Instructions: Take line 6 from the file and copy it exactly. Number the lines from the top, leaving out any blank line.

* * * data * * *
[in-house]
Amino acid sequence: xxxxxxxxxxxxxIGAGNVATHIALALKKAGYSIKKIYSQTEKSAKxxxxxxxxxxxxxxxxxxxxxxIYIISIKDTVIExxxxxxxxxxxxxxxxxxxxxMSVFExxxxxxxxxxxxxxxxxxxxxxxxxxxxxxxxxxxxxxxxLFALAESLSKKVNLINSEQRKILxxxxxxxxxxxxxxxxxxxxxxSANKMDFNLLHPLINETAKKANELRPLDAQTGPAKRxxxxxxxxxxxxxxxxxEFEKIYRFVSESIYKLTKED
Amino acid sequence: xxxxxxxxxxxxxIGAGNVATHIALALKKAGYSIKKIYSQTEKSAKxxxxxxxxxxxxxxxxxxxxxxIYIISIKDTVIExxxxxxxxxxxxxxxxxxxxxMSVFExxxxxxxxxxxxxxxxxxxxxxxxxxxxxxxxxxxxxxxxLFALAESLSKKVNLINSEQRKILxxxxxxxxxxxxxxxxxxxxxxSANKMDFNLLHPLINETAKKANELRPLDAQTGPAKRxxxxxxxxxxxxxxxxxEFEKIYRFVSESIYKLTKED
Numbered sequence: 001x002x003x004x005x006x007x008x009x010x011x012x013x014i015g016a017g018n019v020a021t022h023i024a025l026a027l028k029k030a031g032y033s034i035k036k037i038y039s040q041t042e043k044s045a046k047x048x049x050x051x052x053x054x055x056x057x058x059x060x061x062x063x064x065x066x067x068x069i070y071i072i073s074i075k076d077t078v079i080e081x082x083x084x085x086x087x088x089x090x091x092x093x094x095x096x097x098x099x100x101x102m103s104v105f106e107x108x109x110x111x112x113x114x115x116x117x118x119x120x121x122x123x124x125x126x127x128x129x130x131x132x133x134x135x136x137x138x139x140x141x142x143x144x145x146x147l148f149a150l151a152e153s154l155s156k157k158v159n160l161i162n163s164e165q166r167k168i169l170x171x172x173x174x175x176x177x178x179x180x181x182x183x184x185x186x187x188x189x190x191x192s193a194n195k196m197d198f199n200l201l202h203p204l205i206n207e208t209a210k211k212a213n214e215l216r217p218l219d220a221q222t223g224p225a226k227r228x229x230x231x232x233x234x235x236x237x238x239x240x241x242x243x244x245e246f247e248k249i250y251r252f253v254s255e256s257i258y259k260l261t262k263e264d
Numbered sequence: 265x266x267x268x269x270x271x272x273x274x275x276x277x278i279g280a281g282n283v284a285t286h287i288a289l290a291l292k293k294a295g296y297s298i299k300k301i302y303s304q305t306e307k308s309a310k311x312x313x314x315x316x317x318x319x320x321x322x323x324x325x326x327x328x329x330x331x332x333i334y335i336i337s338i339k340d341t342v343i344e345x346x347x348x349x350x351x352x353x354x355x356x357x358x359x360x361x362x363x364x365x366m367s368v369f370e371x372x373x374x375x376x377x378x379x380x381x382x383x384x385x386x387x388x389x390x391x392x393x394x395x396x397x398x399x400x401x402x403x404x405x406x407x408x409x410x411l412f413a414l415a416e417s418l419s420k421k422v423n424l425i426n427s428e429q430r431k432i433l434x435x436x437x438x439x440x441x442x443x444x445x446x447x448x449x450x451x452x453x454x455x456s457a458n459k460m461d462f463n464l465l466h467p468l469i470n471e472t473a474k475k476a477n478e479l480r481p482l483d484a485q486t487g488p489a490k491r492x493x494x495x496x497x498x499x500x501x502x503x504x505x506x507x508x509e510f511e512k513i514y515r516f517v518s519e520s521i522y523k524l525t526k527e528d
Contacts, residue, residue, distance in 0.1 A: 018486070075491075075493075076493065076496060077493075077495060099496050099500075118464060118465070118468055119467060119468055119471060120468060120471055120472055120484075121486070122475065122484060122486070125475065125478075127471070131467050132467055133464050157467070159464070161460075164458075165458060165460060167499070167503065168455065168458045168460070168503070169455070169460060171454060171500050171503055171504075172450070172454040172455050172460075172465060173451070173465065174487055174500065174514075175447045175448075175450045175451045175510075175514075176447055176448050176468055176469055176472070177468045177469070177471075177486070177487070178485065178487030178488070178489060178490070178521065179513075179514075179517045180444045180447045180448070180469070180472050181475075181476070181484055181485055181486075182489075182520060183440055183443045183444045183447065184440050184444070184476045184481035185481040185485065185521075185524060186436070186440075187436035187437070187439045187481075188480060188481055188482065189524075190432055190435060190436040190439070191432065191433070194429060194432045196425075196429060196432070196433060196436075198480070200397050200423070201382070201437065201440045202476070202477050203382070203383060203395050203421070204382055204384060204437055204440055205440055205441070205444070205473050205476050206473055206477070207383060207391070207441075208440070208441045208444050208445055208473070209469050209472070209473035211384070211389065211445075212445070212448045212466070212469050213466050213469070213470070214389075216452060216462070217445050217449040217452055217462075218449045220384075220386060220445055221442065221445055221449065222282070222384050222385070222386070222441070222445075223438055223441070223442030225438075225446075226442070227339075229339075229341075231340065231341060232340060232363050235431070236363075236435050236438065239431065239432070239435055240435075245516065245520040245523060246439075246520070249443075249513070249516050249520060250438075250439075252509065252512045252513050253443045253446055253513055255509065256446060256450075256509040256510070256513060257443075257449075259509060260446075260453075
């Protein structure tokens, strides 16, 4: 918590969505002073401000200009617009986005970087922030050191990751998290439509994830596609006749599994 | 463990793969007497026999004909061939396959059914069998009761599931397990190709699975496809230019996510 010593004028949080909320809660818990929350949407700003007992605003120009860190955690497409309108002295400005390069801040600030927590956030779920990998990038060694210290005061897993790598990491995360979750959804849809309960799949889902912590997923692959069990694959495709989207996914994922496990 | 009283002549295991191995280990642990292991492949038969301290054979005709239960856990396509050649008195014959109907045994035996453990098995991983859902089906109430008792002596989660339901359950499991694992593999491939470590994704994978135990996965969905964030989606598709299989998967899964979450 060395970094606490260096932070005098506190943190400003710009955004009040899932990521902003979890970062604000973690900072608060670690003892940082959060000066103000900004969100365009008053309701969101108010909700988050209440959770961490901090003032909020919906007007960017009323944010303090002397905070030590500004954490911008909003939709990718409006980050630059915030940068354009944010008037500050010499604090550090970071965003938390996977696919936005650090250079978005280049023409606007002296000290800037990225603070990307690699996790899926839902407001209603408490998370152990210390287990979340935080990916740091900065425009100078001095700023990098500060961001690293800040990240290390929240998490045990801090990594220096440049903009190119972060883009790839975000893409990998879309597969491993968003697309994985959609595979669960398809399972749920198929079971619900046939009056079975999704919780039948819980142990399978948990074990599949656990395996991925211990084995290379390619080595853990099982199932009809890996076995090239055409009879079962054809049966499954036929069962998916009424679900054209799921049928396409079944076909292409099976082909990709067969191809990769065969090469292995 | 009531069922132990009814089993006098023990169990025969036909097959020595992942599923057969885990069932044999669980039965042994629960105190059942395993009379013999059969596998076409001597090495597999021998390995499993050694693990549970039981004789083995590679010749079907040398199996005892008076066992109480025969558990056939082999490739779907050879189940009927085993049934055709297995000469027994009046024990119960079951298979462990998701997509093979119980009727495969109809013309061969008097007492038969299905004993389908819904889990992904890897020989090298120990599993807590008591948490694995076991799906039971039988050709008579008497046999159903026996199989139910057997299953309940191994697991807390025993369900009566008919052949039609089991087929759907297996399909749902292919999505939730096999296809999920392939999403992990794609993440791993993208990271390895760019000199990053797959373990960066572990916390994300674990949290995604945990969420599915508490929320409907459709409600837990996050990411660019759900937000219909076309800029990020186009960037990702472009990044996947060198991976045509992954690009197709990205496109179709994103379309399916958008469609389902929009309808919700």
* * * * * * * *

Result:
Contacts, residue, residue, distance in 0.1 A: 018486070075491075075493075076493065076496060077493075077495060099496050099500075118464060118465070118468055119467060119468055119471060120468060120471055120472055120484075121486070122475065122484060122486070125475065125478075127471070131467050132467055133464050157467070159464070161460075164458075165458060165460060167499070167503065168455065168458045168460070168503070169455070169460060171454060171500050171503055171504075172450070172454040172455050172460075172465060173451070173465065174487055174500065174514075175447045175448075175450045175451045175510075175514075176447055176448050176468055176469055176472070177468045177469070177471075177486070177487070178485065178487030178488070178489060178490070178521065179513075179514075179517045180444045180447045180448070180469070180472050181475075181476070181484055181485055181486075182489075182520060183440055183443045183444045183447065184440050184444070184476045184481035185481040185485065185521075185524060186436070186440075187436035187437070187439045187481075188480060188481055188482065189524075190432055190435060190436040190439070191432065191433070194429060194432045196425075196429060196432070196433060196436075198480070200397050200423070201382070201437065201440045202476070202477050203382070203383060203395050203421070204382055204384060204437055204440055205440055205441070205444070205473050205476050206473055206477070207383060207391070207441075208440070208441045208444050208445055208473070209469050209472070209473035211384070211389065211445075212445070212448045212466070212469050213466050213469070213470070214389075216452060216462070217445050217449040217452055217462075218449045220384075220386060220445055221442065221445055221449065222282070222384050222385070222386070222441070222445075223438055223441070223442030225438075225446075226442070227339075229339075229341075231340065231341060232340060232363050235431070236363075236435050236438065239431065239432070239435055240435075245516065245520040245523060246439075246520070249443075249513070249516050249520060250438075250439075252509065252512045252513050253443045253446055253513055255509065256446060256450075256509040256510070256513060257443075257449075259509060260446075260453075